All Things Connectors Part 5: Shielded Connectors
In part 4 of our connectors series, we looked at grounding for high-speed signals and power connections across connectors. These connections are very important in board-to-board connectors, as well as in connectors providing DC power and signal over short cables. There is one other aspect of grounding that may need to be considered in connectors: ground connections on the connector body and how these are used for shielding. A shielded connector will require this connection to be made to some ground point in the system.
The question then becomes: how should shielded connectors be integrated into the grounding strategy for an electronic assembly? Shielding needs to be connected to a uniform system reference to be effective and to eliminate the potential to act like a broadcasting antenna. In this iteration of our connectors series, we’ll look at the strategy for using shielded connectors.
How to Use Shielded Connectors
A shielded connector is constructed with a conductive enclosure that can help prevent reception of EMI. A shielded connector should be used with a shielded cable to get the maximum noise suppression benefit, otherwise an unshielded cable can still pick up EMI and the connector shielded will not provide any noise reduction. Shielded connectors also provide some shielded near the outlet of an enclosure, so they do block reception and emission of radiated EMI in that area.
Perhaps ironically, shielding connector datasheets may not provide any kind of shielding specification in their datasheets. These connectors will list a variety of specifications that vary by manufacturer, product, and target market for the connector., including:
- Insertion loss and return loss
- Contact resistance
- Maximum electrical ratings (current and/or voltage)
One other aspect of shielded connectors is the construction of the connector body. In some cases, the shielding is used to build the retention mechanism, and the connection from the connector body to ground comes through a board-mount mating connector. An example is the BNC connector shown below. This connector is the cable connector, while the mating connector sits on the PCB.
This BNC connector is a shielded connector that is often used in specialty measurements and scientific equipment.
The use of grounded shielding on a connector body makes sense from an EMI perspective; the pins in the connector assembly have some extra ground nearby, which can then block reception of external radiated EMI. There is another important form of EMI that should also be considered: protecting against electrostatic discharge (ESD).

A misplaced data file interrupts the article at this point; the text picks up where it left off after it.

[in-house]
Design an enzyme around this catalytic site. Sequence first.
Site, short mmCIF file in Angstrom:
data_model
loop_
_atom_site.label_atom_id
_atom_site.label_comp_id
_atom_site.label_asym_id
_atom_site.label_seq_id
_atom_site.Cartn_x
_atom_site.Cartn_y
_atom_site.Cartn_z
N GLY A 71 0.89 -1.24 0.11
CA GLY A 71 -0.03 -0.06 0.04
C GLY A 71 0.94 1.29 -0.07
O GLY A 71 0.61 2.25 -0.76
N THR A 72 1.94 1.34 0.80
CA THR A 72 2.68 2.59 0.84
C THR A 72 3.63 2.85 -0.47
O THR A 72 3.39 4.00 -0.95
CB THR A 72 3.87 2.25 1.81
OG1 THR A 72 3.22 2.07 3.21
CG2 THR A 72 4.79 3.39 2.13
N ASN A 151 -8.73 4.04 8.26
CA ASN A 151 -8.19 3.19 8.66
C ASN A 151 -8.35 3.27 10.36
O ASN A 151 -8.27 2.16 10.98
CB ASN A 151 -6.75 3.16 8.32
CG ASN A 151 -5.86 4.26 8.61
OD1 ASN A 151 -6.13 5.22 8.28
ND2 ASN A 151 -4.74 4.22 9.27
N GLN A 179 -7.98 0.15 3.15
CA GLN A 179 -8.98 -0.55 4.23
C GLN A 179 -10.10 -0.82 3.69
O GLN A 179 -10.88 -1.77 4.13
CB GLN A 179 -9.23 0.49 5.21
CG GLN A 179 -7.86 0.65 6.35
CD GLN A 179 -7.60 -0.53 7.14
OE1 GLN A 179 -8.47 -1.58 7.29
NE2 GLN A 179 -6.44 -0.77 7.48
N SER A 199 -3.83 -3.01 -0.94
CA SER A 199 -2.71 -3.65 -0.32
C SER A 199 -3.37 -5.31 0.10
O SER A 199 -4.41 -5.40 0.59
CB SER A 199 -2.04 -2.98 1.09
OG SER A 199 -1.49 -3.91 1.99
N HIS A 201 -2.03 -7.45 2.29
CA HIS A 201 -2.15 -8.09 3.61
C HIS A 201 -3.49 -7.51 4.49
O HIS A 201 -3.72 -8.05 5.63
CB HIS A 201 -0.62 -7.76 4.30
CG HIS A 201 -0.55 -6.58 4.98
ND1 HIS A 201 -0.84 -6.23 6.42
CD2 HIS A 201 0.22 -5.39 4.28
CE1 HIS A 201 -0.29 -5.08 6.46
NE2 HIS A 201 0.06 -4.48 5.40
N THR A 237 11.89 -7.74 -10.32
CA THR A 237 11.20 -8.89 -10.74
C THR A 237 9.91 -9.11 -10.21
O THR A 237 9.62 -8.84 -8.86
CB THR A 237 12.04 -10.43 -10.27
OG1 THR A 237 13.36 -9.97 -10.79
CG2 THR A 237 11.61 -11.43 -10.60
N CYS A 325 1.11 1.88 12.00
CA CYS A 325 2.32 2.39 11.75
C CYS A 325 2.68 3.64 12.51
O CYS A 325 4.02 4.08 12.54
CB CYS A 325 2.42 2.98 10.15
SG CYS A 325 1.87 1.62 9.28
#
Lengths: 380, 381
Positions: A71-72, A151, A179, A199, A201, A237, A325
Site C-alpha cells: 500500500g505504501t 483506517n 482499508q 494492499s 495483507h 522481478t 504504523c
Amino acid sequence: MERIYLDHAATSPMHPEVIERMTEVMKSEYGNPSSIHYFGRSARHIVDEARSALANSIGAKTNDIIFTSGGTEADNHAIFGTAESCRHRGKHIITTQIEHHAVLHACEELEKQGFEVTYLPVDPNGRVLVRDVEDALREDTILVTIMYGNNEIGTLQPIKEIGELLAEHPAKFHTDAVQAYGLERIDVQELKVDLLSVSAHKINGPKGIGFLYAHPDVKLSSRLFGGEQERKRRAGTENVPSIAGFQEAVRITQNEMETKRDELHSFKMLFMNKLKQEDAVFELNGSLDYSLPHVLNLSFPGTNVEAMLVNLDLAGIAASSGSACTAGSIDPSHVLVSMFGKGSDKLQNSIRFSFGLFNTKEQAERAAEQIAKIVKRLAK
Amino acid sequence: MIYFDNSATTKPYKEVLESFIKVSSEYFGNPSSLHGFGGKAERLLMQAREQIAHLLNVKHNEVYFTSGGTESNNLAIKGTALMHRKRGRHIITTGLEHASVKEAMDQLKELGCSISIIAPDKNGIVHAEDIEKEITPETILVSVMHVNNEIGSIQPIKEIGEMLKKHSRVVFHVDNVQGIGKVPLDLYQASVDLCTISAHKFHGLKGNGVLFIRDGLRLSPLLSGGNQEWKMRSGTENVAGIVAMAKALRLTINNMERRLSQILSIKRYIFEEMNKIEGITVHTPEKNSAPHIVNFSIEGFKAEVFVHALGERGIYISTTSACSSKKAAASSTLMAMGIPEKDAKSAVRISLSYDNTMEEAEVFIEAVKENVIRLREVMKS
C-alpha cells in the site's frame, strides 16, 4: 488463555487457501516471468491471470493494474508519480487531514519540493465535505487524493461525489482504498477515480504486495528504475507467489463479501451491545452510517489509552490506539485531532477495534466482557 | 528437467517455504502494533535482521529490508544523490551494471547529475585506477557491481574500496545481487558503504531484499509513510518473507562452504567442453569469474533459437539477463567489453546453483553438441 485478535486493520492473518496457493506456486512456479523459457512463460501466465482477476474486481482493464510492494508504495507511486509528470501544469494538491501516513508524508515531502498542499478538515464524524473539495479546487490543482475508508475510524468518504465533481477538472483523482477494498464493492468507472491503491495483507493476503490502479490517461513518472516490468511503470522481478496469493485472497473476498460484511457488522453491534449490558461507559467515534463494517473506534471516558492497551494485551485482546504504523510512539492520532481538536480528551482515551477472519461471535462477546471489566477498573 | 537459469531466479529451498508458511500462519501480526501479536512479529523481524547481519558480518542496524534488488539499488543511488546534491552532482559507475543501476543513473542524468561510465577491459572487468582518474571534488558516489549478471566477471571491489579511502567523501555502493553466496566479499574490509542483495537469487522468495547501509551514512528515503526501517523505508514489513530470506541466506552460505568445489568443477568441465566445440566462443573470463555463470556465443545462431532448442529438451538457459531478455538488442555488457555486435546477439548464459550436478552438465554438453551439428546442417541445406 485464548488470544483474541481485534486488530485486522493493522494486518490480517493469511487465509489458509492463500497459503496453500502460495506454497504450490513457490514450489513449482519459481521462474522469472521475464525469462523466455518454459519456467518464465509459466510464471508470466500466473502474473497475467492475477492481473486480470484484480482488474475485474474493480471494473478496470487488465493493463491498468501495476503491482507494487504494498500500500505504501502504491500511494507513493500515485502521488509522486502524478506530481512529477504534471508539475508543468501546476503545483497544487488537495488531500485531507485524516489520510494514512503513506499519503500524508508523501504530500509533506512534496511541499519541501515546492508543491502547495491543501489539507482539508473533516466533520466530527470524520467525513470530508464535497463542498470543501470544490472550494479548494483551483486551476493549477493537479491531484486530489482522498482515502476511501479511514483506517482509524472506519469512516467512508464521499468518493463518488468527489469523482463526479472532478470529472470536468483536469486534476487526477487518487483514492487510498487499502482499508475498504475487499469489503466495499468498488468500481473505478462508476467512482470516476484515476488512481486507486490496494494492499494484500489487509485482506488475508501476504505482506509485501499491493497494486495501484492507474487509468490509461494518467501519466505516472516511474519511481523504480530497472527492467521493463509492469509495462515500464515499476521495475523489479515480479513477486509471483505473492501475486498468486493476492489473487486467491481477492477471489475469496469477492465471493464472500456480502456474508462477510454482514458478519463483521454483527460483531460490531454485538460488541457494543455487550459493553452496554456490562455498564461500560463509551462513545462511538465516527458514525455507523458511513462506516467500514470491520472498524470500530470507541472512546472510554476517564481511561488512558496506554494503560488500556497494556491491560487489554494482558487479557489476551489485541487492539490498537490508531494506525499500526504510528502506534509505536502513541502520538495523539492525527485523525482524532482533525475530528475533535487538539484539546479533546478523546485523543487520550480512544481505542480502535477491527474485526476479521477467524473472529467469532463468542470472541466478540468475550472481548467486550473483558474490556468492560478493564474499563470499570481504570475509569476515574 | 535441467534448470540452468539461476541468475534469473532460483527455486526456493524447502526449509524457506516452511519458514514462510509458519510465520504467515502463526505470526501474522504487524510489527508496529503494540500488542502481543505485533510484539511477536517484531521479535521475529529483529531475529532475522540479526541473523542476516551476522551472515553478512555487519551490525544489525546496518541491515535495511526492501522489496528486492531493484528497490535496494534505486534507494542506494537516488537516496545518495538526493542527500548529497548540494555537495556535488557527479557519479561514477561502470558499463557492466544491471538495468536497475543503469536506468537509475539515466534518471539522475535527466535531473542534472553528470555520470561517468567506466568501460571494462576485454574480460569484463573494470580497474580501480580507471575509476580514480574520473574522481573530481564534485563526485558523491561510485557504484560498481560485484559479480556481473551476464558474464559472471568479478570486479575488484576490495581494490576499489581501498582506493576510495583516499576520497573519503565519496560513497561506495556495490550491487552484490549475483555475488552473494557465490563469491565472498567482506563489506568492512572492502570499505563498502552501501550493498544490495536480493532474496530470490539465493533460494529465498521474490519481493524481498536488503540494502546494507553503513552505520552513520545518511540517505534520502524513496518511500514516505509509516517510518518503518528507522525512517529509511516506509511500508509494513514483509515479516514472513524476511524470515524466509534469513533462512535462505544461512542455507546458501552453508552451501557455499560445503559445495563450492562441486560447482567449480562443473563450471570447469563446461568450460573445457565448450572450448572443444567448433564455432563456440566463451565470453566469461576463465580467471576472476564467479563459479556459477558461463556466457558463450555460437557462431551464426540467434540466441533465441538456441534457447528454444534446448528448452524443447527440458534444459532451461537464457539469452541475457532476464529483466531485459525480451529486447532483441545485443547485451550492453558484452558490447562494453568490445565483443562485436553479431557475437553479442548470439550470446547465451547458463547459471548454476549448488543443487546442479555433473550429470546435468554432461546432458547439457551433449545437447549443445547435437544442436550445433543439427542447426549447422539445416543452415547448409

One of the main reasons to connect a shielded connector is ESD suppression. Connectors will be exposed to the external environment during operation, so they can be a location where the user can create an ESD event. Therefore, it makes sense to take advantage of shielded connectors for ESD protection as well as low-level higher frequency EMI suppression.
Getting the most benefit out of a shielded connector in terms of ESD protection requires thinking about the grounding strategy. The theory here is simple and applies to shielded connectors in the same way as a metal enclosure. In a metal enclosure, the chassis is used to receive any ESD pulse and dump the current directly to earth. The same idea applies in shielded connectors; the connector shielding can send an ESD pulse directly back to a safety ground (chassis), which then sends the pulse back to earth.
Doing this properly requires mounting the connector such that its shielding connection connects directly to the chassis and NOT to the system ground. One way to do this is to connect the connector shielding to a large ground rail on an internal layer, and connect this rail to your mounting holes and the chassis.
VME64x 160-pin connector pinout used in older backplane architectures. There are multiple pin groups (e.g., A, IRQ, and D) that are part of parallel buses.
The above layout strategy is common in industrial embedded computing products, and specifically in industrial Ethernet systems. This strategy requires dedicating a portion of a layer specifically to this rail, and it is best implemented when interleaved between two plane layers. What if your layer count is too low and you can’t make room for this rail? Furthermore, what if there is no metal chassis and thus no frame ground?
What if There is No Frame Ground?
Some designs will not have any frame ground, either as a floating metal element in the chassis or as a metal enclosure connected to earth. Consider a small battery-powered device in a plastic enclosure; this device will have a floating ground in the internal layers of the PCB (assuming there is a ground plane). If there is a shielded connector in the assembly, you have two options:
- Leave that shielding floating
- Connect it to the main system ground
In this case, you should probably just connect it to the main system ground. In this case, it’s also important to apply some ESD suppression circuit as well. This will accomplish both objectives of suppressing EMI and protecting against ESD up to some high voltage level. If very high voltage ESD is a concern, then it is worth looking at a shielded enclosure that also connects to the connector body shielding. This can give much higher ESD protection than common ESD circuits.
When you’ve determined your pinout and grounding requirements, make sure you use the best set of system analysis tools to qualify your system at every level. The system analysis utilities from Cadence help you evaluate designs at all levels, from front-end schematic capture to back-end simulation and verification. Only Cadence offers a comprehensive set of circuit, IC, and PCB design tools for any application and any level of complexity.
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